You can ask as many questions as you wish but unless there is something new in them I see little point in going round the mulberry bush. And there is really nothing new in the latest question because whatever answer I give if it is not the answer that you want you will come back on another post asking the same question. Now, that is fine, you are more than welcome, can come back as often as you like, and will never find your comments rejected regardless of how critical they are. But I am under no obligation to continuously respond. I feel under even less obligation when I consider that regarding the questions raised on British state violence by myself and others you have avoided them. I think in terms of time I have provided you with more than I have anyone else.
    Your question unfortunately reflects the extent to which you have not really read what I have said otherwise matters would be more clear. Perhaps I have failed to persuade you of anything. Alternatively maybe you were determined not to be persuaded. So, it is not really worth my while going over the same ground time after time when there is so much else I need to get done, of importance to no one other than myself and family. But it is what we do with our lives.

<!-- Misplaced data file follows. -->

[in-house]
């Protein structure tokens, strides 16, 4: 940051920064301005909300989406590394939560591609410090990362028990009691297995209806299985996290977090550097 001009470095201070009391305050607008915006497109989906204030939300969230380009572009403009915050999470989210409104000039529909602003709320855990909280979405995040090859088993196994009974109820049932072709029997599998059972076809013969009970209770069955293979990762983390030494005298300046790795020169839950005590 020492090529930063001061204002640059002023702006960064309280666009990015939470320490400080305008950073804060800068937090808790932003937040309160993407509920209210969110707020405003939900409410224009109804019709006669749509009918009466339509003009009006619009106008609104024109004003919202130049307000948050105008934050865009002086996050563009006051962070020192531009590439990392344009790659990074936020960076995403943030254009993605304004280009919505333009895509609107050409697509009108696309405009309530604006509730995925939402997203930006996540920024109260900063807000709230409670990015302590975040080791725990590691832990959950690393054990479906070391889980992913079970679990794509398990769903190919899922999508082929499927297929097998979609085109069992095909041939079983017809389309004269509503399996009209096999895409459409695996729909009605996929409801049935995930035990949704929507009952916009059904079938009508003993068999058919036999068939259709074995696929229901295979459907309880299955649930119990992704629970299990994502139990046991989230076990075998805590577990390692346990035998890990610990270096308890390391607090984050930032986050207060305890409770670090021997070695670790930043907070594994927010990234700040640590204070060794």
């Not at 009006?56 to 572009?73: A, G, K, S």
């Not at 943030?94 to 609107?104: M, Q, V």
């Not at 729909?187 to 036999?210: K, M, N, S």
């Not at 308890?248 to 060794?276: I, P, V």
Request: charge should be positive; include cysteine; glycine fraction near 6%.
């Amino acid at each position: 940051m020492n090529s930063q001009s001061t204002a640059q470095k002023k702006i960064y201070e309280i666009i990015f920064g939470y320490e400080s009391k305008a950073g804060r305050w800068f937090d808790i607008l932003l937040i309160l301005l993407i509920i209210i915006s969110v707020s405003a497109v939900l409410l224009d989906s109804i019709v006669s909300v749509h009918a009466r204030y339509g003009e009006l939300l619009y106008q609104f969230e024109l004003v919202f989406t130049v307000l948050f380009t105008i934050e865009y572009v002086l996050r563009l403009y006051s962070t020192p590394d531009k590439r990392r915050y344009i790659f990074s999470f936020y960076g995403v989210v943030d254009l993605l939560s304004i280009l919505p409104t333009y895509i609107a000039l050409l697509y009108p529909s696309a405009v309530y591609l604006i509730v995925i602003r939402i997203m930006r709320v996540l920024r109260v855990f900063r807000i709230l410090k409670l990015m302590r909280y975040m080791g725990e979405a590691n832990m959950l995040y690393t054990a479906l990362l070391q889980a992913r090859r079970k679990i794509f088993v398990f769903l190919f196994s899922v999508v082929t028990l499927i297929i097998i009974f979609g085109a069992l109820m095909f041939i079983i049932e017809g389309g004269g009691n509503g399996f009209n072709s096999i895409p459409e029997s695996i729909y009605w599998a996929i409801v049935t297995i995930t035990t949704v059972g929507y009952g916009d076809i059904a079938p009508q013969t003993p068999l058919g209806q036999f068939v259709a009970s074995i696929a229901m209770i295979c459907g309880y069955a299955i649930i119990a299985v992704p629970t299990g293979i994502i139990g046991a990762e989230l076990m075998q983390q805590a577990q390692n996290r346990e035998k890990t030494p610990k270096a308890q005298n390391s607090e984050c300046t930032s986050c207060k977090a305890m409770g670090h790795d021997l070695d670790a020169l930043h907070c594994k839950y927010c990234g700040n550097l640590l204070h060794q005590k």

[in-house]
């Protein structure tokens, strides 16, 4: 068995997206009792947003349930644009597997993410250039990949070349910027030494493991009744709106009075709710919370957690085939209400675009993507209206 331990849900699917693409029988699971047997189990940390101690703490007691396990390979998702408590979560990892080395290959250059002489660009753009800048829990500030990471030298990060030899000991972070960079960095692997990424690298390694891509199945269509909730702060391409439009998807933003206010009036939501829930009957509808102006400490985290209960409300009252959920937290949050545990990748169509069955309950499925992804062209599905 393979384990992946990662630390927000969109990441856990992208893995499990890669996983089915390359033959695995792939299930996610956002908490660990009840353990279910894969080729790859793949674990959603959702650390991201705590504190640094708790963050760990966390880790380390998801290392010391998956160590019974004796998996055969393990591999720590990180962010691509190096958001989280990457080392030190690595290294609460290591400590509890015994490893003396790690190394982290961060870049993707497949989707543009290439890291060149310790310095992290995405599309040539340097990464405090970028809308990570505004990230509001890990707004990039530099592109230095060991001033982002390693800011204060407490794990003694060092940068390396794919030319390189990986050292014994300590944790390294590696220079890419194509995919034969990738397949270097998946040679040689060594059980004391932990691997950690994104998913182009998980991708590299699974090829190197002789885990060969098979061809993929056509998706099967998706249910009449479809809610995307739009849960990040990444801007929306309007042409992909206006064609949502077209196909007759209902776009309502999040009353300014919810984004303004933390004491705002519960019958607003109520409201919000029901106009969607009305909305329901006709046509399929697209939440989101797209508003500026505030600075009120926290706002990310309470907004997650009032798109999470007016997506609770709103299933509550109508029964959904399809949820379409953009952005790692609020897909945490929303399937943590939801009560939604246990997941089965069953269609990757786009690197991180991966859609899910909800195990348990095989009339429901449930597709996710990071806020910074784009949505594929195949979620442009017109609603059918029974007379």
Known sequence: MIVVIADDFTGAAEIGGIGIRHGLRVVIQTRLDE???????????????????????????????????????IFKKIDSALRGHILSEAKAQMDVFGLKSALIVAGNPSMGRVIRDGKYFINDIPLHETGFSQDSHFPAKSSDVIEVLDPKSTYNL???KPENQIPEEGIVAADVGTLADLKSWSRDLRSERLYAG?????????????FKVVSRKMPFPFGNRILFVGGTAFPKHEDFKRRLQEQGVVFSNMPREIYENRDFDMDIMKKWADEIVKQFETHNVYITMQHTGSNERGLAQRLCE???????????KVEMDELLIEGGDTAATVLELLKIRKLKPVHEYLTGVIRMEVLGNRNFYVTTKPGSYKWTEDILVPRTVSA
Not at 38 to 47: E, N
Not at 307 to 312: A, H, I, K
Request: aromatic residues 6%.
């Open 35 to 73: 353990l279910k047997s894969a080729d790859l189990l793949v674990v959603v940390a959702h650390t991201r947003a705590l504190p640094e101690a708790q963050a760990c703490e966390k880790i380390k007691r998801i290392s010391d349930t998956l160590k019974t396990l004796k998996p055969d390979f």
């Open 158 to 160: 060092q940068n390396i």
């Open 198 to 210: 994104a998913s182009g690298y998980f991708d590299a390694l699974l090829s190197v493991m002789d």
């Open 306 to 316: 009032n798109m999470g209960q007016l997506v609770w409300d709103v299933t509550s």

So that for me really is the end of the exchange. Maybe someone else will come to it fresh some other time and I will feel prompted to discuss it. But the angle would have to be fresh.

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  12. Very good article again Mackers. It's always a consolation, and even cathartic, to see someone write so clearly about things that are swirling around in a confused state in the back of my mind. The only way that I can see any difference between the actions of the PIRA and these more recent attacks is that I really believed that the PIRA could apply enough pressure to force a British Withdrawal. By 1986 I had a rough idea this was not going to actually happen... although it's not a rough idea I openly spoke about, given the company I was in. For me the failure of PIRA to remove British rule was 'the end of history' as far as militant republicanism based on the support of a minority within a minority in the Six Counties was concerned. I fail to see how the current incumbents could in any way harbour even the slightest hope of success. Death, imprisonment and/or eventual dissillusionment it the only future for this type of activity now.